Vaseline is a Wound's Friend
I have this pair of flip flops that are old but oh so comfortable and I haven't found a suitable replacement pair. So I still wear them. Even though they no longer have tread and cause the wearer to slip at the slightest hint of water on the ground. Which just means that I have to remember when I can and cannot safely wear them.
Unfortunately a couple of weeks ago, I forgot to remember this point. In my defense, I went to walk the dog, and it was not raining at the time of departure. It did rain before we got home, but I actually slipped on a patch of overzealously watered lawn/walkway. And fortunately, don't ask how, I got away with a only couple of ugly scrapes on the foot.
The past weeks have been a lesson on wound healing. Suffice it to say that the conclusion is that I know very little about wound healing. I can tell you if a exploratory laparotomy scar looks well healed or "pussed out", or if someone has a skin infection, and have seen my fair share of nasty bed sores and leg ulcers, but have no idea what to do about the more routine scrapes. What I do know is that wounds heal faster and better when kept moist. Hence plastic surgeons and dermatologists, heck, even some emergency physicians, now slap on some bacitracin or other type of antibiotic ointment onto stitched up wounds.
--- Disclaimer: the faint of heart probably need not read any further. ---
So I set out on a mission to keep the wounds moist. Apparently, hydrogen peroxide for cleaning is NOT a good idea, because it damages the tissues more than it helps. Water, friends, water under pressure, is what it's all about when you're trying to clean out a wound. Too bad I found this out after using peroxide. Anyways, apparently, vaseline + band-aid is bad, as that led to maceration of the skin. But vaseline alone works. It seems to slow down and prevent a lot of the scab formation, which means it heals slower than expected. I mean, you're used to just seeing it dry out and scab over, after which it becomes itchy and gets scratched off. The delayed surface healing led to daily head scratchings as to whether or not what I was doing was correct. But now, more than a week out, I can safely say that keeping wounds moist is definitely the way to go. There's a small amount of scab formation, and most of the wound never scabbed over but is already pretty supple new skin with much less discoloration than expected. So the verdict is, vaseline is a wound's friend.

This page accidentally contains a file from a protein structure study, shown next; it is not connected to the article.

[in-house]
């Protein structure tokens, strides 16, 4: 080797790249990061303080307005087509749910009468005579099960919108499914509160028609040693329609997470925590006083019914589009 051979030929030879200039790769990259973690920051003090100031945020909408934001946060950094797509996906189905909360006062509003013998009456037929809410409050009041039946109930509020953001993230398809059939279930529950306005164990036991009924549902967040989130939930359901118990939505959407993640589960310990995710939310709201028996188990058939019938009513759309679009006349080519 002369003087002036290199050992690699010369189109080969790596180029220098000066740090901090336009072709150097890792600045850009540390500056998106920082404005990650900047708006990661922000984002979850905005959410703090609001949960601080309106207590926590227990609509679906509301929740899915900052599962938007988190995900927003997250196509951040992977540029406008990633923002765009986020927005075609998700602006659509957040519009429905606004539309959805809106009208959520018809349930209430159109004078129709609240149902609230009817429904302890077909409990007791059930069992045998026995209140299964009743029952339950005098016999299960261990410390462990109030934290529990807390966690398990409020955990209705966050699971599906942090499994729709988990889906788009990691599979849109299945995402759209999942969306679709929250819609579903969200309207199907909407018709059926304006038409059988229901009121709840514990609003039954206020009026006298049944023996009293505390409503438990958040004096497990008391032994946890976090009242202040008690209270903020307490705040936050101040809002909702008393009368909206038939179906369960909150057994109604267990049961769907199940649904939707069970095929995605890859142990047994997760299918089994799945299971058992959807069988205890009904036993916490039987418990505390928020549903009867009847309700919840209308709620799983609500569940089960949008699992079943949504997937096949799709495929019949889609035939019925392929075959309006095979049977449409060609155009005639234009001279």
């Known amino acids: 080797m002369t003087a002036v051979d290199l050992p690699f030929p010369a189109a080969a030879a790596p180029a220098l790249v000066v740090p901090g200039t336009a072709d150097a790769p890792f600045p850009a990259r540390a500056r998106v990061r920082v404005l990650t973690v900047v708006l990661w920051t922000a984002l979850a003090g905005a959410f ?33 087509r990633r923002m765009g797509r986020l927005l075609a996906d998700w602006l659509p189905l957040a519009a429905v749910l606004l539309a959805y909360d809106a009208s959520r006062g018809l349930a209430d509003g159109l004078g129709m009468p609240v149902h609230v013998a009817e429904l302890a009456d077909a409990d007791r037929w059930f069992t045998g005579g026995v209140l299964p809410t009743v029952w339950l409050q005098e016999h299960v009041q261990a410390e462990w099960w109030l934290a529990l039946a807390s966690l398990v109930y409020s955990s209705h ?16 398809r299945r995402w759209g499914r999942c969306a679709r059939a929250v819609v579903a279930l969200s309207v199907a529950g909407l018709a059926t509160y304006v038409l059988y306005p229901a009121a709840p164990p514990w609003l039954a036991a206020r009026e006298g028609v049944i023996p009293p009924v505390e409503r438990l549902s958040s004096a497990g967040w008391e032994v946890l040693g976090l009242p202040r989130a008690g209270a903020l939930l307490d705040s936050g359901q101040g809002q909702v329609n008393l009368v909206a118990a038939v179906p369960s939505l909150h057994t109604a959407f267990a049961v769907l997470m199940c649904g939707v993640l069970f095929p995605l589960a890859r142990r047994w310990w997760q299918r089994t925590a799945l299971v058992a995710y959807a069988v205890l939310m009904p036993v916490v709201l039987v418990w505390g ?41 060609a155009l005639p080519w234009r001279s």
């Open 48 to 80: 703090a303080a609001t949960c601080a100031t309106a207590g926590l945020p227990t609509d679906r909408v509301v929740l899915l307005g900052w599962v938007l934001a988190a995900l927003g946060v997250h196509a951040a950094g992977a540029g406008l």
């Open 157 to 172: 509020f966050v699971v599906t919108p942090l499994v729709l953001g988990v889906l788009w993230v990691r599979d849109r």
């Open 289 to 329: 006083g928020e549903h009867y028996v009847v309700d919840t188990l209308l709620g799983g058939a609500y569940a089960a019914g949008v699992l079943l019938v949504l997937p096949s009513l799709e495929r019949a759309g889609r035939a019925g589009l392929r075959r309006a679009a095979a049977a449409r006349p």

Probably more than you ever wanted to know about scrapes... :)
Disclaimer: This is not a medical advice blog. Wounds that are deep or infected, or otherwise dirty (ie dog or HUMAN bites) may need more treatment than the wound described above. Please see your primary care provider for any worrisome wounds.